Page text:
Failure Leads to Success
When the Columbia space shuttle broke apart above Texas in February 2003, no one knew that it could one day result in success. NASA astronaut Dr. Charles Camarda, however, believes the tragedy has provided both current and future engineers with a motto to live by - where there is failure, there is knowledge and understanding that doesn't come with success.
This message, along with an overview of the new technology and progress that some of the world's top aerospace engineers have made towards understanding the problems that caused the Columbia disaster and how to prevent them, were among the topics covered by Camarda during his speech, "Research and Engineering: Challenges for STS-114 return to flight," at the University of Colorado yesterday.
According to Camarda, the aim of his speech was to show how engineers have an important impact on all aspects of the aerospace industry. If it wasn't for such engineers and their research, Camarda said, advancements in space would not be where they are today.
"Astronauts get all the glory because they are (usually) the ones seen (by the public)," Camarda said. "But it's the engineers who devote 30 years or more of their lives working and researching so that we (astronauts) can continue our flights into space, and return safely."
As the deputy director for advanced projects for NASA's Safety and Engineering Center at Langley Research Center in Hampton, Va., Camarda played a large role in determining the believed cause of the Columbia disaster, as well as developing the necessary technology needed to ensure the safety of astronauts during future shuttle flights.
Through research, Camarda and fellow engineers were able to show that a piece of foam insulation, which weighed nothing more than a piece of Styrofoam, was able, at ballistic speeds, to damage the left wing of the Columbia space craft. This foam, which is believed to have caused the Columbia crash, broke off Columbia's propellant tank and smashed into its wing, causing damage to the wing's insulation, which proved to have catastrophic consequences when the shuttle reached high temperatures during reentry.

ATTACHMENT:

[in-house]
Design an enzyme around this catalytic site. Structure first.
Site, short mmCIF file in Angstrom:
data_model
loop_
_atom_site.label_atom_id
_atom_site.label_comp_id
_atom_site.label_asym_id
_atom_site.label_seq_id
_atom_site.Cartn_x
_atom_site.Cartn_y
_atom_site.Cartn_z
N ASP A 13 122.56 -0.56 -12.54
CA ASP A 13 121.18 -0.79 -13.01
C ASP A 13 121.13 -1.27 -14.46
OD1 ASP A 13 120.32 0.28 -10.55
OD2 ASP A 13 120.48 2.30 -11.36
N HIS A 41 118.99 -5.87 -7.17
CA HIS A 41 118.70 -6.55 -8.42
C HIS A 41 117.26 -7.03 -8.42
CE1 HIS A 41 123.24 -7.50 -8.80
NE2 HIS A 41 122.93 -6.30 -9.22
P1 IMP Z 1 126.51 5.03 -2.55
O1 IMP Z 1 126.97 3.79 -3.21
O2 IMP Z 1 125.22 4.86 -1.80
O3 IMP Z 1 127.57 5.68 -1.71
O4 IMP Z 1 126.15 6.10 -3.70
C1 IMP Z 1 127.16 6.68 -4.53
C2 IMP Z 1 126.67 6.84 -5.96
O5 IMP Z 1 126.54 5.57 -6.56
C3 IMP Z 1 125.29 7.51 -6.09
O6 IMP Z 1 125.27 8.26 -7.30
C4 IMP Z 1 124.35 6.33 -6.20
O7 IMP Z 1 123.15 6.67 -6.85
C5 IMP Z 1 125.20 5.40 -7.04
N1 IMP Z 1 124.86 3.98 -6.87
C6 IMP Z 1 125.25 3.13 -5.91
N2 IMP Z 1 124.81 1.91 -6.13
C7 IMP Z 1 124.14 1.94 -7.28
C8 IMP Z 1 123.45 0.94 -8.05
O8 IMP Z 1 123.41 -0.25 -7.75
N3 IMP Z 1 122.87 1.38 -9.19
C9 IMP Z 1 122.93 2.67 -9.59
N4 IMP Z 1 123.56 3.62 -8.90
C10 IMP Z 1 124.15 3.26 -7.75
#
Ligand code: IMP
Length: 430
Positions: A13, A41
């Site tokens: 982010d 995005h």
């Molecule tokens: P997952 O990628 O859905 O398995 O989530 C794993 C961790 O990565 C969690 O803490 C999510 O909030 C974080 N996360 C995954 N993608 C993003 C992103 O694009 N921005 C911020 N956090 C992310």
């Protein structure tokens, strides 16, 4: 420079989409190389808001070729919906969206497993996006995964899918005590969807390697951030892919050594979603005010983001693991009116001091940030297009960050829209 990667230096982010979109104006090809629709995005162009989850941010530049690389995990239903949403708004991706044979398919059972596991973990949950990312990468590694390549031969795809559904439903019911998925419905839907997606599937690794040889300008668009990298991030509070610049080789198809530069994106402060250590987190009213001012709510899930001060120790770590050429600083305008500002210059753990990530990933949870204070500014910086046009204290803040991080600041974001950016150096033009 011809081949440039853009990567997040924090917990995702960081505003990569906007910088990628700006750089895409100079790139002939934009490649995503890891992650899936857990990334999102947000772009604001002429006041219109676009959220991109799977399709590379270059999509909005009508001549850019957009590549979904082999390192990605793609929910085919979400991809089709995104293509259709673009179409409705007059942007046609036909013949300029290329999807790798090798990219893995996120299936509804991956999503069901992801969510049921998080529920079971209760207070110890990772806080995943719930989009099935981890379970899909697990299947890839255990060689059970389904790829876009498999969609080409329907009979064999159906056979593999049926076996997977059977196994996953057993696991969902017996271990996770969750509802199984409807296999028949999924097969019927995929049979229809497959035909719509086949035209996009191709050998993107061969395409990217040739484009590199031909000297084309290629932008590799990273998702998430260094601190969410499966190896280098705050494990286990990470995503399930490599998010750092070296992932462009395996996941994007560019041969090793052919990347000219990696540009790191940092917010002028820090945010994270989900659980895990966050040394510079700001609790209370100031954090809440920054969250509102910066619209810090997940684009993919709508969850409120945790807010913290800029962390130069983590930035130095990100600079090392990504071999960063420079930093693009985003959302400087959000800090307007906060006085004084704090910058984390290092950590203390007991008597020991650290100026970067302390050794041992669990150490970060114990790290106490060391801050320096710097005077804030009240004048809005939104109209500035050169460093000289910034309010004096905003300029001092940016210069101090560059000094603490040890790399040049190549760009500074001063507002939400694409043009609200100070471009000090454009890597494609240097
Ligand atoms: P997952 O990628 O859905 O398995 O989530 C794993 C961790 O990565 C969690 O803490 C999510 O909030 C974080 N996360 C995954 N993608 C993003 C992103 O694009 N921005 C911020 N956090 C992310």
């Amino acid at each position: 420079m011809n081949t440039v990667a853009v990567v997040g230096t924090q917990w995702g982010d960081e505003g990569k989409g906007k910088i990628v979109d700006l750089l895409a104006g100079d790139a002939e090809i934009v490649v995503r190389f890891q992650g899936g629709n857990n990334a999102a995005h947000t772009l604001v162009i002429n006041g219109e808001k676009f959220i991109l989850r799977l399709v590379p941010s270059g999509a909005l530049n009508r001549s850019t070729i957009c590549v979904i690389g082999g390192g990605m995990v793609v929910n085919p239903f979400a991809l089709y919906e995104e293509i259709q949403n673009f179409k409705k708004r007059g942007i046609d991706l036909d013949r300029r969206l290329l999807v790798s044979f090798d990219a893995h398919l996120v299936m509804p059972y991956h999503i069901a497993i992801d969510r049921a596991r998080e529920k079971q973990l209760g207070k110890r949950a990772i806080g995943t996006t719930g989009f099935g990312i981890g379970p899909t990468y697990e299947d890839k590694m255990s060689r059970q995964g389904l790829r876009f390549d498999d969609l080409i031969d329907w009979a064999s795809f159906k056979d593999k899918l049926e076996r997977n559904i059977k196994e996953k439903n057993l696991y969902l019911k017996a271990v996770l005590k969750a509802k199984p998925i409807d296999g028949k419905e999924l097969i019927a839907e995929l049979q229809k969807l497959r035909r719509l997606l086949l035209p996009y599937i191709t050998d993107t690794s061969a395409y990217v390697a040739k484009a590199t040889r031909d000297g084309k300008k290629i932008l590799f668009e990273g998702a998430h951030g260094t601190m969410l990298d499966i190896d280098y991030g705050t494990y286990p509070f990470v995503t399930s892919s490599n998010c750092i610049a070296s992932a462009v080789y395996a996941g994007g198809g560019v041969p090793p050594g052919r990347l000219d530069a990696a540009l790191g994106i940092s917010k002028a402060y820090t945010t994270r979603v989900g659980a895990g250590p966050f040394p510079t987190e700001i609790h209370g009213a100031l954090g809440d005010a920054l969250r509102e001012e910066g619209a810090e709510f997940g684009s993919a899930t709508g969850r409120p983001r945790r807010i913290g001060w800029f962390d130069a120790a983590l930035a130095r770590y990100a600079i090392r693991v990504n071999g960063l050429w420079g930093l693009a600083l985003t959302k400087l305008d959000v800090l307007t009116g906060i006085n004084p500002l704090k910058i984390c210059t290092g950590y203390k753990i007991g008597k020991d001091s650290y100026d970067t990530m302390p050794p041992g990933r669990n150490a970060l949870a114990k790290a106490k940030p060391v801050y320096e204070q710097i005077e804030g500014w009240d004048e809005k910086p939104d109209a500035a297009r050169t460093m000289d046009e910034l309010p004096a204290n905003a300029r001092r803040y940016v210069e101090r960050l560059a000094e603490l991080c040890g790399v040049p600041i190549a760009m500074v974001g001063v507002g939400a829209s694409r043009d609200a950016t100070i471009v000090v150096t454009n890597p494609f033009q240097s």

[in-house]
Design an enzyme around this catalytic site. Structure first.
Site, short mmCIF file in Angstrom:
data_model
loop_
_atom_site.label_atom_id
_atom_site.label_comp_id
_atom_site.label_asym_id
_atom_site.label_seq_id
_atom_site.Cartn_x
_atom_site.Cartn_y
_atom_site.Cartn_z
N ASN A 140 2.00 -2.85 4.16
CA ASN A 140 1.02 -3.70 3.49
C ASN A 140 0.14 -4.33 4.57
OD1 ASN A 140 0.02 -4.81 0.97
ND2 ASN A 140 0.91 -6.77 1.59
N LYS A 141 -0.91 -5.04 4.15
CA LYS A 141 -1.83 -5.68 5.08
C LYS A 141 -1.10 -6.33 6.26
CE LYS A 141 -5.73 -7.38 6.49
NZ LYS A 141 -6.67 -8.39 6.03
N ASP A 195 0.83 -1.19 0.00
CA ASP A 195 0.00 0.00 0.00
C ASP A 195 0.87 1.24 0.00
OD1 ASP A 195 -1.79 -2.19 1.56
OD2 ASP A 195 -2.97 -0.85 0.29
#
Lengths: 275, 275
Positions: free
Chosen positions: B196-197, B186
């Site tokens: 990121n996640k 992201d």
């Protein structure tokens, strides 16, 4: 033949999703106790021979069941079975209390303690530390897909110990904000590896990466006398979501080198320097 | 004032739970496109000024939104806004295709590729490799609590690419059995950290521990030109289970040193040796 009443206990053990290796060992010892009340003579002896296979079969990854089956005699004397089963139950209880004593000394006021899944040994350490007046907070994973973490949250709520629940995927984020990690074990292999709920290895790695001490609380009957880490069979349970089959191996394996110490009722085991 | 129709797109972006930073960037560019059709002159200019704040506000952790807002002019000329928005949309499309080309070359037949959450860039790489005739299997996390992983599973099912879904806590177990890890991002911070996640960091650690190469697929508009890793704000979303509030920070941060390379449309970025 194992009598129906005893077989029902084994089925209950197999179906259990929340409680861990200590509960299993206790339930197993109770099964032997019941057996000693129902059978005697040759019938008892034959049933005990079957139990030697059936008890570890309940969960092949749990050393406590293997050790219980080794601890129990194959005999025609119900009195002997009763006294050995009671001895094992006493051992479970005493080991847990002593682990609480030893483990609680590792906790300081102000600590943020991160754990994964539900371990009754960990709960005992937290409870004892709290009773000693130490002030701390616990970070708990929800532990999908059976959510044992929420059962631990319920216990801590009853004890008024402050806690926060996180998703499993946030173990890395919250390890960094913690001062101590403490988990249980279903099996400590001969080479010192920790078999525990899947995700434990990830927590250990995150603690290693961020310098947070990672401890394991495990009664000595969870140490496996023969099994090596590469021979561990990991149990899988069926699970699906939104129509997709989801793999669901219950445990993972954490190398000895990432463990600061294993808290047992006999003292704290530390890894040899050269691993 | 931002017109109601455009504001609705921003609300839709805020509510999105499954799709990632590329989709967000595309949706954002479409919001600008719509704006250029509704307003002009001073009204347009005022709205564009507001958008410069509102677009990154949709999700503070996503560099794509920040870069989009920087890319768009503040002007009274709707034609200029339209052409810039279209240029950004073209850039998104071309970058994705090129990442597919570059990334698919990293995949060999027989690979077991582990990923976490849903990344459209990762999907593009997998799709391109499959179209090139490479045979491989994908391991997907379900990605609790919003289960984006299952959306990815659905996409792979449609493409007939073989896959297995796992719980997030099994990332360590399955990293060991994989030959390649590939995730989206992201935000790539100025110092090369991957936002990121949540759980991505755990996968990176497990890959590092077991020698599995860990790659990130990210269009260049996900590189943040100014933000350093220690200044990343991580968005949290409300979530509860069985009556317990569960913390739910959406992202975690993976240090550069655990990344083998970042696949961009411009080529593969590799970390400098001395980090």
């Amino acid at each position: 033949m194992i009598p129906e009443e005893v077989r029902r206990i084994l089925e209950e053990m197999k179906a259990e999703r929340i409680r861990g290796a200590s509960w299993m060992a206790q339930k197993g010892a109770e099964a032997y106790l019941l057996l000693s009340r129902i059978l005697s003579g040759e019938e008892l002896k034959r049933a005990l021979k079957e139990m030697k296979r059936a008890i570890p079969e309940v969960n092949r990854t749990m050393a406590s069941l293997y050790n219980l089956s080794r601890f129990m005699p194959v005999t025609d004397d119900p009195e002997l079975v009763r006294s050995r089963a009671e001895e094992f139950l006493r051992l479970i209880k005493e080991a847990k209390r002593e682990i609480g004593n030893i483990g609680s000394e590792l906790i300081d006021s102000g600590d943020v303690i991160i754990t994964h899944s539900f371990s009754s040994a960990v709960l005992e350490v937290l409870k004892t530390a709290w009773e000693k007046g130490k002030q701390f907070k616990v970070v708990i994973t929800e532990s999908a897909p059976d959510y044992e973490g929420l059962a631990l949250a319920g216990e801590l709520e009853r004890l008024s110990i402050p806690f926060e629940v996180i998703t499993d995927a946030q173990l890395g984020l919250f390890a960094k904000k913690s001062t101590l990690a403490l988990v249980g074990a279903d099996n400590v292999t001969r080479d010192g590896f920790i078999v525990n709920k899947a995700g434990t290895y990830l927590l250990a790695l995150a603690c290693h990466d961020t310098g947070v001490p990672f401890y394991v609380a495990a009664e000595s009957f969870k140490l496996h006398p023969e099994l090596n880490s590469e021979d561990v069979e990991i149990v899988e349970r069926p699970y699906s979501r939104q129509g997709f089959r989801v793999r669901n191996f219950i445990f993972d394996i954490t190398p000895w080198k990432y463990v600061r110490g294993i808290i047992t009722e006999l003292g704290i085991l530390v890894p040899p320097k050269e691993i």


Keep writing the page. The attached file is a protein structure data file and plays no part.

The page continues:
As with any research, there is always speculation, yet Camarda said that he didn't let anyone discourage him, or his research.
"If someone says that something can't happen," Camarda said, "never believe them."
In fact, Camarda stuck with his intuition, using new technologies in photography, analysis of the data collected from the debris that fell from Columbia, and the data from several simulations to conclude that foam can damage a spacecraft upon impact. Though certain challenges, such as determining the effects the vacuum of space has on foam and how to develop a verifiable analysis of data collected, faced Camarda and other engineers, he stressed in his speech that there is no substitute for the human mind.
"Yes, you'll look at the answers your getting through (a lot of) computer codes, but you should also use your intuition," Camarda said.
As a member of the Discovery Shuttle Mission that flew in July 2005, Camarda said that he listened to his intuition, yet came close to witnessing an anomaly because his concerns were ignored.
"Before the (Discovery) takeoff, buzzards often nest on the scaffolding above the shuttle," Camarda said. "I asked before takeoff if the birds would interfere, and I was told that they would scatter once the jets started. As we were launching, the shuttle struck a bird, and if it had hit a window, we would've been the first return-to-launch (aborted) mission."
Though the Discovery's mission began a little rocky, it nonetheless was a success. With the knowledge obtained from analyzing the Columbia crash, Camarda and his crew were able to implement new technology to make the journey safer.
One such technology was a polymer sealant used to patch any small cracks or holes in the shuttle exterior that had occurred during takeoff. The sealant had been designed to withstand temperatures of over 3,000 degrees Fahrenheit, a temperature the shuttle encounters when re-entering the Earth's atmosphere. A crack that is 20,000ths of an inch is large enough to cause major damage to a shuttle when it encounters such high temperatures.
Camarda's speech was enough to show CU Aerospace engineering student Brett Miller 19, that intuition and research are keys when troubleshooting.
"I learned if someone says that something can't happen, it can," Miller said. "If an engineer is not sure (of an answer), don't guess, admit that you don't know, and find the answer by testing (your ideas)."
Contact Anna Haislip in regard to this story at (303) 443-6272, or at email@example.com